Rights Advocates Decry Biden’s Decision Against Sanctioning MBS Despite Khashoggi Report
By Staff, Agencies
Human rights advocates and congressional Democrats decried Joe Biden administration’s decision not to impose sanctions on Saudi Crown Prince Mohammed bin Salman after a newly-declassified American intelligence report confirmed that he had directly approved the assassination of US-based dissident journalist Jamal Khashoggi.
Andrea Prasow, deputy Washington director at Human Rights Watch, said Biden’s failure, who called Saudi Arabia a “pariah” state on the 2020 campaign trail, to penalize bin Salman was “unconscionable.”
“The fact that the US has sanctioned so many of MBS’ associates but not him sends a terrible message that the higher up in a government you are, the more likely it is you can commit crimes with impunity," Prasow told the Middle East Eye news portal.
“It also undermines US credibility. It’s hard to see what incentive MBS has to alter his conduct, whether inside Saudi Arabia, in his conduct in the war in Yemen, or in other extraterritorial attacks on dissidents, when he knows he can literally get away with murder.”
Citing senior administration officials, The New York Times reported on Friday that Biden has decided that the "diplomatic cost" of penalizing Prince Mohammed for ordering the hit on Khashoggi, a palace insider who later became a prominent critic of MBS, would be too high.
The decision came after weeks of debate in which Biden's new national security team advised him against barning MBS from entering the United States or considering criminal charges against the prince.
White House officials pondering the matter have eventually reached a consensus that taking any action against the Saudi royals would be impossible without breaching the historically strong US alliance with the oil-rich kingdom, officials told the Times.
The decision, which has already put Biden’s decision-making as president and his campaign promises into sharp relief, has disappointed human rights advocates and members of his own party, who had applauded Biden for making public the much-anticipated intelligence report on the Khashoggi murder case.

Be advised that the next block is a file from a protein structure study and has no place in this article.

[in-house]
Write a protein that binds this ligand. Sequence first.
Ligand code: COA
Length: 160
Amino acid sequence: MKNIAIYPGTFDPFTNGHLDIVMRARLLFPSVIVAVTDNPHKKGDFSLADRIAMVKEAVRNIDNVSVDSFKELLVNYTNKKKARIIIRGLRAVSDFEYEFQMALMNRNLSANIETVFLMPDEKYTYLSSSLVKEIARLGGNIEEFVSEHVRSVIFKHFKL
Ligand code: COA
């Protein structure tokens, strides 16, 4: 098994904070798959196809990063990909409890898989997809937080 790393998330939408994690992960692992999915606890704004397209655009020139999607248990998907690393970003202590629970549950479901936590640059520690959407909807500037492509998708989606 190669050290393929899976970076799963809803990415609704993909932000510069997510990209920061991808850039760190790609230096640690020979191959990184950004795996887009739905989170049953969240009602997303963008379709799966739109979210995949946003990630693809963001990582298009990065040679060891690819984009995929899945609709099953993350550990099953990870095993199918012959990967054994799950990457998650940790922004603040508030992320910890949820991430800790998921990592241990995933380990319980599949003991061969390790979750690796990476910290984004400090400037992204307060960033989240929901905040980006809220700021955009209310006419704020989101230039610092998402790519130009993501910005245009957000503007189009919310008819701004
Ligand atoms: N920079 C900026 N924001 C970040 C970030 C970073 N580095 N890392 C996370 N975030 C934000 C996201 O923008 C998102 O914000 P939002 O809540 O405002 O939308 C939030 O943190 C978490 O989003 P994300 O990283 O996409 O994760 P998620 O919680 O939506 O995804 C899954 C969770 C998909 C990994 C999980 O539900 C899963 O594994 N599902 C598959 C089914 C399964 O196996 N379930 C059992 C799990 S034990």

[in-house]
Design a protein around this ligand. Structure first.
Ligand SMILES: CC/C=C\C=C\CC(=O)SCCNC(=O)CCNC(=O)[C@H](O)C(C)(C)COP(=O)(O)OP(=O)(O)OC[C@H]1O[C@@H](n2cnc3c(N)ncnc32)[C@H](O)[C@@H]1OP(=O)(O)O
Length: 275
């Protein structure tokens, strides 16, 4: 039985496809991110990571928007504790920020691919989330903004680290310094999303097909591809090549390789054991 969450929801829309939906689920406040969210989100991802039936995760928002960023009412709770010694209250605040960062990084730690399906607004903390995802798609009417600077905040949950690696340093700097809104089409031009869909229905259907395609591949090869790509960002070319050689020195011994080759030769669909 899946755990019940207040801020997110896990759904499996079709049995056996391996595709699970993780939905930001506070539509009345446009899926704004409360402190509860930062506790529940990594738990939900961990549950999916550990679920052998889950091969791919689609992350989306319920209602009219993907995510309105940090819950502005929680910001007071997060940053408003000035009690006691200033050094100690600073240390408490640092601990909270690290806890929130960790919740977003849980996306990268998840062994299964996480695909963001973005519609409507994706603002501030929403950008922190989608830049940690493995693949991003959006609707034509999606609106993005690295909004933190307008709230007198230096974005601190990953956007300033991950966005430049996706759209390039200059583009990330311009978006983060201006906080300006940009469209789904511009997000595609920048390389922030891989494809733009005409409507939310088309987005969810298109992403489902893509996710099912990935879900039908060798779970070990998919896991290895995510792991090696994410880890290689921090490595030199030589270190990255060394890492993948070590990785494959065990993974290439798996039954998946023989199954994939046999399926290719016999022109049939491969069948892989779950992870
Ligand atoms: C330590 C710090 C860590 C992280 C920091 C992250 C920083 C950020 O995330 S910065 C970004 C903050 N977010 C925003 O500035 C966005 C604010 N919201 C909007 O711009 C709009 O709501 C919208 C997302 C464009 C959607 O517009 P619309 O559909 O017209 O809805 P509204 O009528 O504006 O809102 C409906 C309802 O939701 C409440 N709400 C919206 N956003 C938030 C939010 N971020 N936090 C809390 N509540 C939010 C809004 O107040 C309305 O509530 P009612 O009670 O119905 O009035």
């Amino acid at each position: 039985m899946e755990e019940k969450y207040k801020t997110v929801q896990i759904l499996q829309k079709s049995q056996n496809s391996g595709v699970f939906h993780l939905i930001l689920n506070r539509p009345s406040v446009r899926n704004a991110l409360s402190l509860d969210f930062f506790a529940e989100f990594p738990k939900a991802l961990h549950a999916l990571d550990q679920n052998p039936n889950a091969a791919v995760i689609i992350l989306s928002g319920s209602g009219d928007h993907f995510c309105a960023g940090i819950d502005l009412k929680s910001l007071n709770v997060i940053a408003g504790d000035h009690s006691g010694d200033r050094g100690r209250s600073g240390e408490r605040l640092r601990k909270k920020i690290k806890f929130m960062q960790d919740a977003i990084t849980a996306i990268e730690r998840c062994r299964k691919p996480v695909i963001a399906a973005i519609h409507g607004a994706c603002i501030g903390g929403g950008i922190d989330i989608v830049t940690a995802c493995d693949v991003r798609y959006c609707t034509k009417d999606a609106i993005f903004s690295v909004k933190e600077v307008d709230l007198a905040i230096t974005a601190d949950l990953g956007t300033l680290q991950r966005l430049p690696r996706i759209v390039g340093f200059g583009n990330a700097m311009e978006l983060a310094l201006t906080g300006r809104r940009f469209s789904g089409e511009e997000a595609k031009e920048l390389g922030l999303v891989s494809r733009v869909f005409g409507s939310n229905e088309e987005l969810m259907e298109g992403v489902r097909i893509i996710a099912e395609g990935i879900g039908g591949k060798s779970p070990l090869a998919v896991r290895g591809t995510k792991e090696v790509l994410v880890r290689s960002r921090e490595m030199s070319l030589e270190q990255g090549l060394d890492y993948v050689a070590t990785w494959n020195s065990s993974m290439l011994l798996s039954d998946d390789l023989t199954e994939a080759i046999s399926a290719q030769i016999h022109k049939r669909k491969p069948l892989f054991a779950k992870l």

“The Biden administration is trying to thread the needle. They want to continue to work with a partner that has committed a heinous act against a US resident, while taking some steps toward accountability,” Seth Binder, advocacy officer at the Project on Middle East Democracy [POMED], told MEE.
“But if human rights are really going to be at the center of US foreign policy, as the administration has repeatedly stated, then it can't give murderers a free pass,” he said.
During his presidential campaign, Biden promised to “reassess” US relations with Saudi Arabia, which he said has “no redeeming social value.” Since taking office on January 20, he has suspended some arms sales to Riyadh and announced an end to Washington's support for the Saudi-led military aggression in Yemen.
Still, many rights advocates and members of Congress are demanding a more forceful approach to the oil-rich kingdom and Prince Mohammed, who practically had carte blanche to carry out his aggressive domestic and foreign policy agenda during the four years of Donald Trump’s presidency.
“We're calling on the Biden administration to move ahead with accountability measures to sanction MBS personally, along with everyone else who is implicated in that killing,” said Raed Jarrar, advocacy director at Democracy for the Arab World Now [DAWN].
Rights advocates hoped that the Biden administration would, at a minimum, impose the same travel restrictions on bin Salman that his predecessor, Trump, had imposed on others involved in the murder plot.
The newly declassified intelligence report from the director of national intelligence says bin Salman, widely considered the de facto leader of Saudi Arabia, directly approved the killing of Khashoggi, who was lured into the Saudi consulate in Istanbul in October 2018 and brutally murdered inside by a Saudi hit squad.